Blinding the eyes of the Corps: foresight at last?.
Chudoba, Phillip C.
Brown, R. Mitchell, III
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This thesis juxtaposes the enabling attributes of tactical aerial reconnaissance with the myopic force structure policy which resulted in the demise of Marine aerial reconnaissance on the eve of the Persian Gulf War. Commencing with the debut of American photo reconnaissance aircraft in World War I, and continuing through the present, the U.S. tactical aerial reconnaissance capability problematic development cycle of high emphasis during war and gross negligence during peacetime is documented. The the United States Marine Corps, the impact of this trend of dysfunctional command priorities during Desert Shield/Desert Storm contingency operations in Southwest Asia is elucidated and the misnomer of "intelligence failure" is revealed. Based on analysis of these events and the recurring intelligence requirements of combat, this thesis sets forth the requirement for continuous maintenance of a viable tactical aerial reconnaissance capability within the Marine Corps.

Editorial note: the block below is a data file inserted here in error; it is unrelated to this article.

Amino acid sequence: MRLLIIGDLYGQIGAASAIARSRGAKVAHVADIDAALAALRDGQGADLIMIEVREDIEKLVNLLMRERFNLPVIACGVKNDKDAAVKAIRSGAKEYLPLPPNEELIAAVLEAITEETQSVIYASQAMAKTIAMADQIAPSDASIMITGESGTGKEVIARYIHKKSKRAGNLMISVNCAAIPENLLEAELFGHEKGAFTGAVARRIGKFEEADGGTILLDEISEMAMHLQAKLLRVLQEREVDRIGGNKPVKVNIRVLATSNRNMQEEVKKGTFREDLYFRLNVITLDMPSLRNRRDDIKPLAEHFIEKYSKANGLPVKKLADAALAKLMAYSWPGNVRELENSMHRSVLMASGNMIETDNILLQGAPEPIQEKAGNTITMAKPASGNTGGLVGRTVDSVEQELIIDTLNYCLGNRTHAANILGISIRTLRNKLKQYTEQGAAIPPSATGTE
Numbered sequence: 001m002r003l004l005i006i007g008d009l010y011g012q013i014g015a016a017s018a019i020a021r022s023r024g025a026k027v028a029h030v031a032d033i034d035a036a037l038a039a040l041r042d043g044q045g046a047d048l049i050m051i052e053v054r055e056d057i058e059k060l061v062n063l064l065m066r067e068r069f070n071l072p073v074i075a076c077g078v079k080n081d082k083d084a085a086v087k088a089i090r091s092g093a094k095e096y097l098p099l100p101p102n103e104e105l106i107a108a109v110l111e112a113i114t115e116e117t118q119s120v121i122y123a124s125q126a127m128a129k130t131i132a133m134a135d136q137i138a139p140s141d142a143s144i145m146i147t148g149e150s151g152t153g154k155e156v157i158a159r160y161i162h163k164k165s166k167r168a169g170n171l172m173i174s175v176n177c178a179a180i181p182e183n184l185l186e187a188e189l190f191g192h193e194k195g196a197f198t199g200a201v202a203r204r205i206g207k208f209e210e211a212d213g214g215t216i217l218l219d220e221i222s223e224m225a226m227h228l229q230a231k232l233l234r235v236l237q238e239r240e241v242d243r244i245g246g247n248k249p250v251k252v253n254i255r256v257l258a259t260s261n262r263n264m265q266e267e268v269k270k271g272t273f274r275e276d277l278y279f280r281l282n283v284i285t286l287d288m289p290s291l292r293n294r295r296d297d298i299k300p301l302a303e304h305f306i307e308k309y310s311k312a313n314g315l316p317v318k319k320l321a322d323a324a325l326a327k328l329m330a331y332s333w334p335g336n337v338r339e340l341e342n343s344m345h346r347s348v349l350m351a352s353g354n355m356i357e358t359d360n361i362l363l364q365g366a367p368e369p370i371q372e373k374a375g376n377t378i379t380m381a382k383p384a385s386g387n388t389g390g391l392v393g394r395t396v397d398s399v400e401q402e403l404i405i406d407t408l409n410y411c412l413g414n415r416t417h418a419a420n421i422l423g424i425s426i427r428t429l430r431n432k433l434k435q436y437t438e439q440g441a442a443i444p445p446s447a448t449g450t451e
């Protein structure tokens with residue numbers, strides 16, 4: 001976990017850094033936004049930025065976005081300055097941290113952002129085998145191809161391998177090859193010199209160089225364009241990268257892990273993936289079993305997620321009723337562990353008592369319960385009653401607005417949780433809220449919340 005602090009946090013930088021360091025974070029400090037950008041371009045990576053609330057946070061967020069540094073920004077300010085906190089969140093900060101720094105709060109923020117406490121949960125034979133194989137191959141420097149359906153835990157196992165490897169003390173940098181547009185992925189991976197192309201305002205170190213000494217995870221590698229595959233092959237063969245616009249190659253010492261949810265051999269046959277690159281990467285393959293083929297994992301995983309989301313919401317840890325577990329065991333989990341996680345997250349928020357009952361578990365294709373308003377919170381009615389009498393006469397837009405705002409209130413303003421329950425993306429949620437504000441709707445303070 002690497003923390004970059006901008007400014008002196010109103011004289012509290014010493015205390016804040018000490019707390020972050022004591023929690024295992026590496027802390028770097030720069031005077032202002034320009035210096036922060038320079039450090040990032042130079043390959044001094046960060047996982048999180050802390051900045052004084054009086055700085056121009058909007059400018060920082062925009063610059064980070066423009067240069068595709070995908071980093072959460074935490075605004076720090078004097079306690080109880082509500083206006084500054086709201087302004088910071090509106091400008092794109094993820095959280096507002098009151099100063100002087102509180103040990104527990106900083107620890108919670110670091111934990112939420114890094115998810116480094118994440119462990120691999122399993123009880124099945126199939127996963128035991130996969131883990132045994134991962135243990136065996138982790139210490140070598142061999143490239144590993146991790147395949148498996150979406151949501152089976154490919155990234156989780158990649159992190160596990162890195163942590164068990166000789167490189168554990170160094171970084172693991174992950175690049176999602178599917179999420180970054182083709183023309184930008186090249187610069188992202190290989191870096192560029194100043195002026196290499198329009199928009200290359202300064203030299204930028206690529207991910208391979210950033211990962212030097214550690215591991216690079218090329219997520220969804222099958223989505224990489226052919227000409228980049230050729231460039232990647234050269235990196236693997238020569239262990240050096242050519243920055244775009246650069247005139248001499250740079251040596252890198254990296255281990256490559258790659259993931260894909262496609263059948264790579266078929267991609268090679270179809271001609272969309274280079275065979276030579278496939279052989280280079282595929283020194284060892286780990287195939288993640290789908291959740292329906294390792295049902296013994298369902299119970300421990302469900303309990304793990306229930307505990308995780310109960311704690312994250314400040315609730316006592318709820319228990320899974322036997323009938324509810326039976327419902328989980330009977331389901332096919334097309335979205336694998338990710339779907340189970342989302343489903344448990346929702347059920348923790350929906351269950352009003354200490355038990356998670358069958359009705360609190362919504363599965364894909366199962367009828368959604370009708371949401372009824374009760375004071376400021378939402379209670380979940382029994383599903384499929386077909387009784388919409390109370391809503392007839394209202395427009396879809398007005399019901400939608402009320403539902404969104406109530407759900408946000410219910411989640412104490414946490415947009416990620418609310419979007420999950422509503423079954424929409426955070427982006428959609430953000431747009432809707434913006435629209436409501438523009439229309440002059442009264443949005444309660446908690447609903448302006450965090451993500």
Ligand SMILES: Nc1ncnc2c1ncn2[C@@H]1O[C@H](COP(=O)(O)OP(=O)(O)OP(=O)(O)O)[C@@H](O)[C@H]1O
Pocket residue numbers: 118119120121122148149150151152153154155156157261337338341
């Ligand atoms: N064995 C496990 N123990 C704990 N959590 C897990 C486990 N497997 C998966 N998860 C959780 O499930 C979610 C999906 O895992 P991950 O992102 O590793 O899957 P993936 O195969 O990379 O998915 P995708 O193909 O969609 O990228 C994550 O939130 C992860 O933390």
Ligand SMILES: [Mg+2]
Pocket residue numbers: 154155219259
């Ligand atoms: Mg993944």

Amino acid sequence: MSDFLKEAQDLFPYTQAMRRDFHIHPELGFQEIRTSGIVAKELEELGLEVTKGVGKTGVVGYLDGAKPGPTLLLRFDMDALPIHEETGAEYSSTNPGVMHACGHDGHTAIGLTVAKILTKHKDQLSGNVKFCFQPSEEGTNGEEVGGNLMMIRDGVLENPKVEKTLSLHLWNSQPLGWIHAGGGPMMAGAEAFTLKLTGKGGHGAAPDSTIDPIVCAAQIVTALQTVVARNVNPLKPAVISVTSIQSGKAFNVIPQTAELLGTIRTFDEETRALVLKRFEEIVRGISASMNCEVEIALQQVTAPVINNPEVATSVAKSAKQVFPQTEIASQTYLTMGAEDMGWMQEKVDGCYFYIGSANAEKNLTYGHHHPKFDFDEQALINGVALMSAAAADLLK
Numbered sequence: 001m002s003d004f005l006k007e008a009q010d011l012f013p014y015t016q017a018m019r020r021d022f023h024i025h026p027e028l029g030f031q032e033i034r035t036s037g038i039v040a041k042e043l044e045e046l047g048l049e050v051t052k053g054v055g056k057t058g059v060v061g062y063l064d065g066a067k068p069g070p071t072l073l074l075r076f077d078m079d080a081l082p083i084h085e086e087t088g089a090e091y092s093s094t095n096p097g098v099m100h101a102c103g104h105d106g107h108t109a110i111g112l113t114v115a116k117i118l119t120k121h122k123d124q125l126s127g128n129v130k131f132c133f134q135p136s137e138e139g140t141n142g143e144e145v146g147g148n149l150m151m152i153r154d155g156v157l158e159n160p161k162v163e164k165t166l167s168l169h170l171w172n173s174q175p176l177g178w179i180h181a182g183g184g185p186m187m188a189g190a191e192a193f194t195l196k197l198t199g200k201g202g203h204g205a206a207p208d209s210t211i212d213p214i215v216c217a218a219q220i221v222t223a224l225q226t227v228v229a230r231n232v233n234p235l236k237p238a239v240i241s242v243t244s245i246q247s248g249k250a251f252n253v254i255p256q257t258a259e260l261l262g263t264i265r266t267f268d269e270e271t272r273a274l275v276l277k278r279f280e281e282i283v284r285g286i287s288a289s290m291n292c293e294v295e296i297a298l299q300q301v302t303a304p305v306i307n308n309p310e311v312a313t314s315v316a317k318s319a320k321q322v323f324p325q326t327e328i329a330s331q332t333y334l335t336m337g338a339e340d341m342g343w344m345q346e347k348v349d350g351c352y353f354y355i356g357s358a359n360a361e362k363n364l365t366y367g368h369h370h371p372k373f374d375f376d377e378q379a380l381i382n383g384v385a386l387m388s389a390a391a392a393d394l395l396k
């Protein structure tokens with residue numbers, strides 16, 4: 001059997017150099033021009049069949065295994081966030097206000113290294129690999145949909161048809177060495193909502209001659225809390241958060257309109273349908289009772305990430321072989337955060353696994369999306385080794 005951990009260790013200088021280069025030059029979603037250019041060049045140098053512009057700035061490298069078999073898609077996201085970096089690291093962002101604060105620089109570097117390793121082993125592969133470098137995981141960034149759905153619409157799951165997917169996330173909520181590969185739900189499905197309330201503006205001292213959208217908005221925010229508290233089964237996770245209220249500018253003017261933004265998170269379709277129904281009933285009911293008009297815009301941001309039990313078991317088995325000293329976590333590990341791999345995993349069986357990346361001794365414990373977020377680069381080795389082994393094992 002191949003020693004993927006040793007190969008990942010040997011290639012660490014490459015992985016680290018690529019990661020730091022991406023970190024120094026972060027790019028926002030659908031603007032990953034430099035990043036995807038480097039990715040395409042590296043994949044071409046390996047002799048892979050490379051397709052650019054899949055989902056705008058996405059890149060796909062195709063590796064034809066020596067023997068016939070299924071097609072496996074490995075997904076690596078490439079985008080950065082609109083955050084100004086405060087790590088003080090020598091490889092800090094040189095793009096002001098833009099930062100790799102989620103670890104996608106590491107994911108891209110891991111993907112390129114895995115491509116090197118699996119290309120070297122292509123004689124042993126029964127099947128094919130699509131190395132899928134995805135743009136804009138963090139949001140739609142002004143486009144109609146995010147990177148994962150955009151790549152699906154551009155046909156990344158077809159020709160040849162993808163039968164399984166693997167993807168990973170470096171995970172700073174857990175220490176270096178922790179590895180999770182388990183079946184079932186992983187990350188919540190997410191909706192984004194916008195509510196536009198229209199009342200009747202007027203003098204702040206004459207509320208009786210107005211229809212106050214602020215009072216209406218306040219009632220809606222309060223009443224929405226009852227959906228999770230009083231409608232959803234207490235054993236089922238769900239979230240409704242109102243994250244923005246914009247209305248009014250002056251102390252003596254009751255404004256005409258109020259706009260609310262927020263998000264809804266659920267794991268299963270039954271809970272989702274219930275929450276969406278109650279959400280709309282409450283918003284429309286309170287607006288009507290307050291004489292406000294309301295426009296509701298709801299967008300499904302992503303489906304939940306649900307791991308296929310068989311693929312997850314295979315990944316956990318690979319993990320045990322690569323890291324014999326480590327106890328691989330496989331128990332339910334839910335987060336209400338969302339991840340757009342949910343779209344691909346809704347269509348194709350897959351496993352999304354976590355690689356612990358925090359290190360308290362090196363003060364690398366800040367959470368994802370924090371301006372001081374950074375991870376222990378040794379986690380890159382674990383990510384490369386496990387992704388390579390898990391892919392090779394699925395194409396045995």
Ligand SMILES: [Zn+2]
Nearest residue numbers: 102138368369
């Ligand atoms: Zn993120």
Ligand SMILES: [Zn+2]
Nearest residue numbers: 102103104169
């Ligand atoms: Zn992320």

RightsThis publication is a work of the U.S. Government as defined in Title 17, United States Code, Section 101. Copyright protection is not available for this work in the United States.
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